If the Bid Unit determines that a particular protest warrants a hearing, the hearing is usually held within 10 days of receiving the protest. A number of circumstances may necessitate a delay in the scheduling of a protest, including a request by parties for time to review a particular matter or a request by an awarding authority for further time to investigate allegations in order to provide a complete response to the protest.
Prior to the bid protest hearing, the Bid Unit sends the protestor and the awarding authority a notice of the date and time of the hearing. The notice informs the parties that they are required to submit written position statements no later than two business days prior to the hearing and that they must send a copy of such statement to the other parties to the bid protest hearing. In most circumstances, the notice will request that the awarding authority refrain from awarding or performing work prior to resolution of the bid protest.
The awarding authority is required to forward the notice of hearing and a copy of the protest to the apparent low bidder, if any, whose actual or potential award is the subject of the protest, as well as to any other bidder whose bid is being challenged. Where a bid protest challenges specific provisions in the bid documents or the process, the awarding authority should forward the notice of hearing to all potential bidders or awardees directly affected by the subject of the protest. The awarding authority must thereafter provide written confirmation to the Bid Unit that it has provided notice to the above referenced parties of the hearing.
The bid protest hearing — what to expect
Bid protests are held at the Attorney General's Offices in Boston, New Bedford or Springfield. The hearings are open to the public. All interested parties may attend, and may participate and present testimony and evidence at the hearing, subject to the discretion of the Assistant Attorney General overseeing the hearing. Parties may be represented by counsel, but are not required to be.
Because bid protest hearings are part of the Bid Unit's investigation as to whether a violation of Bid Laws has occurred, the Bid Unit requests that parties present any information that may assist it in its investigation. Such information may come in the form of testimony from witnesses or through the presentation of documentary evidence, if relevant, such as: bid specifications; lists of past projects performed; and evaluations from past projects. Audio of the hearing will be digitally recorded.
Since the bid protest hearings are part of the Bid Unit's investigation, as opposed to court proceedings or administrative hearings, neither the rules of evidence nor administrative procedures apply. Therefore, there is no cross-examination or hearsay objections. After the parties have had an opportunity to present evidence, and have answered follow-up questions posed by the Assistant Attorney General overseeing the hearing, the record will generally be closed and parties will not be allowed to submit additional information. Subject to the discretion of the Assistant Attorney General overseeing the hearing, the parties may be allowed to submit supplemental information after a hearing.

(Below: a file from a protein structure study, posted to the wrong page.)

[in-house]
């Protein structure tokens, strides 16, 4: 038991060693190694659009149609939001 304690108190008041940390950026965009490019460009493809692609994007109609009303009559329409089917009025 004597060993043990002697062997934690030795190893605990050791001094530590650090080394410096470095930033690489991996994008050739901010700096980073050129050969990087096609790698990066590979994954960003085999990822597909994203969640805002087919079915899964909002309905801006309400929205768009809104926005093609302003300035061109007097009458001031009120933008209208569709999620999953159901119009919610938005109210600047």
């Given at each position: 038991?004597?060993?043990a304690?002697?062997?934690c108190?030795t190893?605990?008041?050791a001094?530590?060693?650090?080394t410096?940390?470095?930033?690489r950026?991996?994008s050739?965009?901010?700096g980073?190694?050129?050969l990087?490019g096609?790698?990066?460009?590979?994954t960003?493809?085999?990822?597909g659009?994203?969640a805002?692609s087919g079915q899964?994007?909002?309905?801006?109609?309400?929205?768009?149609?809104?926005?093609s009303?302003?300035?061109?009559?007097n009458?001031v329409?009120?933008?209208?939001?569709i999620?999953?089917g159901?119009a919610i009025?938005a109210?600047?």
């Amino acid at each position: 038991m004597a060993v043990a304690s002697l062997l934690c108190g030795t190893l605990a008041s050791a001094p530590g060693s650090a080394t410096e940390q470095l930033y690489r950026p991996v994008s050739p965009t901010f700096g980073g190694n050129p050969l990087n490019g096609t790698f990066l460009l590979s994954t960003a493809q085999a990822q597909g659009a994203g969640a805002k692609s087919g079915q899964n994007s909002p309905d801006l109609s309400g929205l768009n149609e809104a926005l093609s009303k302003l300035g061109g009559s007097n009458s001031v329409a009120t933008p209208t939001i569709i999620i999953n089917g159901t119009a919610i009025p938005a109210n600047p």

Bid Unit decisions
In reviewing a bid protest, the Bid Unit usually evaluates and answers one or more of the following questions:
- Did the awarding authority violate the Bid Laws by failing to adhere to certain statutory requirements in awarding the public construction contract?
- Did the awarding authority violate the Bid Laws by awarding the public construction contract to a contractor who had violated the statutory provisions of the Bid Laws?
- Did the awarding authority violate the Bid Laws by making arbitrary decisions regarding bidder eligibility or qualifications?
- Did the awarding authority violate the Bid Laws by improperly or unfairly reviewing bids for the project?
- Was DCAMM's decision not to certify or to decertify the contractor arbitrary or capricious or based on an erroneous interpretation of the law?
Unless circumstances warrant otherwise, a bid protest decision should issue within three weeks of the hearing. Depending on the complexity of the legal or factual issues involved in a particular case, a decision may issue after the three week period. In order to expedite decisions, the Bid Unit may issue an abbreviated decision to be followed later by a formal decision. Parties are advised to inform the Assistant Attorney General overseeing the hearing of any extraordinary circumstances that would warrant an expedited decision.
Bid decisions that find that an awarding authority violated the Bid Laws may:
- instruct the awarding authority to rebid a project;
- remand the matter to the awarding authority to complete the review it must undertake under the Bid Laws;
- require the awarding authority to reject a particular bidder (for failing to meet the requirements set forth by either the awarding authority or the relevant Bid Law);
- suggest that the awarding authority rewrite an unclear provision in its bid specifications; and/or
- suggest that an awarding authority add or delete language from the bid specifications to conform to the goals and objectives of the Bid Laws. In the case of 4) or 5), the revisions may require a re-bid.
Monetary damages are not available through the AGO bid protest process